Buying and renting: Your biggest financial decision - in 10 charts

From BBC - November 10, 2017

Buying a home is the most significant financial decision in most people's lives. For tenants, paying the rent is the biggest monthly outgoing.

So it is little wonder that house prices are an obsession for some, and a source of frustration for others.

The financial crisis had huge implications for those wanting to buy or sell property.

Here is the story of what has happened to the UK housing market in the past 10 years.

1. House prices are rising... or are they?

The price of the average UK home has risen in the past 10 years, as you would expect. Prices of goods and services in general, as measured by the Consumer Prices Index measure of inflation, have increased faster.

So, in real terms, the average UK house price has fallen compared with a decade ago.

2. Price rises or falls depend on where you live

The average UK house price masks a massive regional divide. In London, the average property value has risen by nearly 70% in 10 years, whereas in Northern Ireland it has fallen by more than 40%.

3. This is not only a story of prices

The number of sales was 30% higher 10 years ago, so who is no longer buying?

Many people already with a home and a mortgage have chosen to stay put, rather than buy somewhere bigger. Recent tax changes have also cut the numbers of buy-to-let investors.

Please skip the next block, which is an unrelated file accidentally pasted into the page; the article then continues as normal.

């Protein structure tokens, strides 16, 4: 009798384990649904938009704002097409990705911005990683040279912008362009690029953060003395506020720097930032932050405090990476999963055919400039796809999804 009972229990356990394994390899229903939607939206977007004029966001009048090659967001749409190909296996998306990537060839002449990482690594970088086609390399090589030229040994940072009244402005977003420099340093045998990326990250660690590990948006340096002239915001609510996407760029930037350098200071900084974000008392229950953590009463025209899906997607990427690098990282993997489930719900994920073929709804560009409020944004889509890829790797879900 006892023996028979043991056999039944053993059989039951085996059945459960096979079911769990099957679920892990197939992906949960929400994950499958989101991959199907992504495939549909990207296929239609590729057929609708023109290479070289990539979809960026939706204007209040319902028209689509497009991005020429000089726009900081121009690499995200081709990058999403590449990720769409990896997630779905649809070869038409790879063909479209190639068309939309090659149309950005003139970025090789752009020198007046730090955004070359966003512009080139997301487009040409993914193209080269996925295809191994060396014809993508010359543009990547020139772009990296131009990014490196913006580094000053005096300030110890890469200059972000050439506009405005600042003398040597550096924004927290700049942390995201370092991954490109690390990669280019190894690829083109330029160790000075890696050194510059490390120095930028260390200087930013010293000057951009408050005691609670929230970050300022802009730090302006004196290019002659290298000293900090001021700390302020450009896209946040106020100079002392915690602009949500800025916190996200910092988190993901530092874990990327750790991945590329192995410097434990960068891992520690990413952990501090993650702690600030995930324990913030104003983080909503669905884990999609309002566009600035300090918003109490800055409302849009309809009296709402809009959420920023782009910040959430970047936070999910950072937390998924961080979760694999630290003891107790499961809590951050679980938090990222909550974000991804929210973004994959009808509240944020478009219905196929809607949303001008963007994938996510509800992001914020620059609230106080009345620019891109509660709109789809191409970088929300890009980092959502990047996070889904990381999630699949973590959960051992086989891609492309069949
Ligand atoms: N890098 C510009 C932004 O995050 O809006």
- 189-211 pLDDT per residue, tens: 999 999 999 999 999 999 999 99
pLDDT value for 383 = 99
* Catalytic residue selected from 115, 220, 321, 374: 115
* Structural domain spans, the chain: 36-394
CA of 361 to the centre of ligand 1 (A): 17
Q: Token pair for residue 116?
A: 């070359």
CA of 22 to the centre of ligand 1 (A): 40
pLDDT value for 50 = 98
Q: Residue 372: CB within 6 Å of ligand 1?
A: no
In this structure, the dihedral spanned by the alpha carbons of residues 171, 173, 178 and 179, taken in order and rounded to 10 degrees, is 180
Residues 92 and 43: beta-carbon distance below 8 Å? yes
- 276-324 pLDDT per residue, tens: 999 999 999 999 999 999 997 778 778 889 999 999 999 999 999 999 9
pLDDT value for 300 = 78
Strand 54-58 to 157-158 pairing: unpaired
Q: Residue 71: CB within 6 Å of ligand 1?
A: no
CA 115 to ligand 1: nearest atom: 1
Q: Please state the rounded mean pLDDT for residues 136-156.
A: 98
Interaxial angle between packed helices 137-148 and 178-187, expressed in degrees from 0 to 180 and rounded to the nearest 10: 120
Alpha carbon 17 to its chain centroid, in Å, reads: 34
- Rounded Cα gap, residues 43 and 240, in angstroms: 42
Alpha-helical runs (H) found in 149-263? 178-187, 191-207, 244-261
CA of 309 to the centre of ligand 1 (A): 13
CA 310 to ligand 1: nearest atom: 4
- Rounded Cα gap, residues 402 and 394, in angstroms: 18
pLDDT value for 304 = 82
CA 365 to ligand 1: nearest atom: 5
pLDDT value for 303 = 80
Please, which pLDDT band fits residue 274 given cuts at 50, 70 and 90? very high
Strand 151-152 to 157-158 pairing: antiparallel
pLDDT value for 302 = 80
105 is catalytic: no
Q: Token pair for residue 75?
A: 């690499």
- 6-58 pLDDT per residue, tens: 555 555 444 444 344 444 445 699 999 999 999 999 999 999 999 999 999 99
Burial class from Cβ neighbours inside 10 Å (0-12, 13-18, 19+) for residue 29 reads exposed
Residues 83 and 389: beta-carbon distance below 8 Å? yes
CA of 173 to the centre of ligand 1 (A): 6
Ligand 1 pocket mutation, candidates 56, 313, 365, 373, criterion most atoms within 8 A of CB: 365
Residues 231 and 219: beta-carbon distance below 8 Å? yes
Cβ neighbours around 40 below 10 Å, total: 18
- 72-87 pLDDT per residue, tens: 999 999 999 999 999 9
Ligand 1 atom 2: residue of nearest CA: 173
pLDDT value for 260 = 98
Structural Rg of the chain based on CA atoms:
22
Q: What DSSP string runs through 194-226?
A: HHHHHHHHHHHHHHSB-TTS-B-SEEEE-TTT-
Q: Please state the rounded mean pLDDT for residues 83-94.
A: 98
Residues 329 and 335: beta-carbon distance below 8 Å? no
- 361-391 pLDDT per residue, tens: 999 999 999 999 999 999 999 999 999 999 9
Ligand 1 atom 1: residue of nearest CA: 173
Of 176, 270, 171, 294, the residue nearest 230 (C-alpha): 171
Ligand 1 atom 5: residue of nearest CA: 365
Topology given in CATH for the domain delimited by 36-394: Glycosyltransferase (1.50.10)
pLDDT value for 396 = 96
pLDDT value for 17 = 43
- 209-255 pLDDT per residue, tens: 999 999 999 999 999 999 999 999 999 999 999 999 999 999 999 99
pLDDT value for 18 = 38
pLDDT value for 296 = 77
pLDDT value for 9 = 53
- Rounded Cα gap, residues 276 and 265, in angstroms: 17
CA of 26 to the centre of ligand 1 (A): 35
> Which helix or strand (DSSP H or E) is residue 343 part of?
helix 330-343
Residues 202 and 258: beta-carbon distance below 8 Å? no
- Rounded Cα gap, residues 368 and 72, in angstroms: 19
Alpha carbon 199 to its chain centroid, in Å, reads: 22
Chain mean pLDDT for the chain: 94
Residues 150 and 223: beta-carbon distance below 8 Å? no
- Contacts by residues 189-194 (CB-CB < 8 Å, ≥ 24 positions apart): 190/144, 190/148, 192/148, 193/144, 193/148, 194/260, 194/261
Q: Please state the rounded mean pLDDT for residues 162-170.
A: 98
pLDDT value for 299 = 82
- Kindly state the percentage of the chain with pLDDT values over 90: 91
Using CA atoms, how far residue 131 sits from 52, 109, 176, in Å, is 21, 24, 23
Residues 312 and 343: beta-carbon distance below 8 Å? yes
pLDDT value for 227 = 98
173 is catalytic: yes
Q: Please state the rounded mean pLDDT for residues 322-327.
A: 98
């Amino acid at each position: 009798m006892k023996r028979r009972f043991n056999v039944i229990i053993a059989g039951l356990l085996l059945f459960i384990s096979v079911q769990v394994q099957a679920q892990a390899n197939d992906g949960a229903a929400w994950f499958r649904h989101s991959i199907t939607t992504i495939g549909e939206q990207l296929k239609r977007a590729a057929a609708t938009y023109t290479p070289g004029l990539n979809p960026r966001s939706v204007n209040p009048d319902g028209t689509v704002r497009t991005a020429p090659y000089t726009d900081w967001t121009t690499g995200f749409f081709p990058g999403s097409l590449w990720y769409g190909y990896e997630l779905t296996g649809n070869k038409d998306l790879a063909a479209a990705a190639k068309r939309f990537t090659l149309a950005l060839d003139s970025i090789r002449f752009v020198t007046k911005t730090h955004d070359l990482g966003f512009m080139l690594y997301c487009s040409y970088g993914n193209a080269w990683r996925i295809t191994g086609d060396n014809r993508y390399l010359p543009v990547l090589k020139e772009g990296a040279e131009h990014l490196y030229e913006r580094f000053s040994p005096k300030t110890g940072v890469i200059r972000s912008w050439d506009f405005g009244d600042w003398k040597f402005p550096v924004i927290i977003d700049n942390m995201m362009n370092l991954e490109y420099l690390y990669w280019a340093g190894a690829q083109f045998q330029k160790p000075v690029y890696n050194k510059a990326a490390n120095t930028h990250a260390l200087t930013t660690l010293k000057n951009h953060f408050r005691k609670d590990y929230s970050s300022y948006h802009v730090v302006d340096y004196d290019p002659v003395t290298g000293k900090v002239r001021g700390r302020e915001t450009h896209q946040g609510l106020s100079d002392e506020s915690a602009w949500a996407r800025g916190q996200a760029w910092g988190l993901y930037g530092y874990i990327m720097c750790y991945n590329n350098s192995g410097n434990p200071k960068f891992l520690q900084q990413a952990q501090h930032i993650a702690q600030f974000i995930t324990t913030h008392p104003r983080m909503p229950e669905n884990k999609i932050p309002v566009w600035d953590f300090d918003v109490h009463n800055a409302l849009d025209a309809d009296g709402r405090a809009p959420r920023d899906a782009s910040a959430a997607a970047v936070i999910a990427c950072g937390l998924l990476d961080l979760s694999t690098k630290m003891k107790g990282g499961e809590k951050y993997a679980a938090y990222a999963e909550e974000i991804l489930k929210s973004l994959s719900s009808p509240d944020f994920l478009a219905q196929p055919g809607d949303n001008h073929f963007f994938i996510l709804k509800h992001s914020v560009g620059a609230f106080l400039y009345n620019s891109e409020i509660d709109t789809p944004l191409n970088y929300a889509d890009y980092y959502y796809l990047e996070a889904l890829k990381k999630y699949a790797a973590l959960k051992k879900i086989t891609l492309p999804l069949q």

4. The housing ladder's rungs are further apart

Look at the difference in price when moving from a three-bedroom home to a four-bedroom one, and it is no surprise that many families have chosen not to move. Many may have spent their money on an extension instead.

A lack of four-bedroom family homes on the market has pushed up prices of this type of property. It means the cost of moving to a bigger house has stymied many people's dreams of moving up the housing ladder - perhaps to give the children their own room.

5. First-time buyers have not had it easy

Government schemes, such as Help to Buy, mean first-time buyers are still in the game. Despite this assistance, lenders have been much more demanding of young borrowers.

Mortgage providers wanted a much bigger initial deposit when they were left reeling by the financial crisis. Those deposit requirements have eased since, but first-time buyers still need some hefty savings, or help from their parents, to secure a home loan.

6. Pay has done little to help them

7. There's been a shift from owning to renting

8. The South has the lion's share of property wealth

9. Borrowing has been cheap for homeowners

10. Where can I afford to live?


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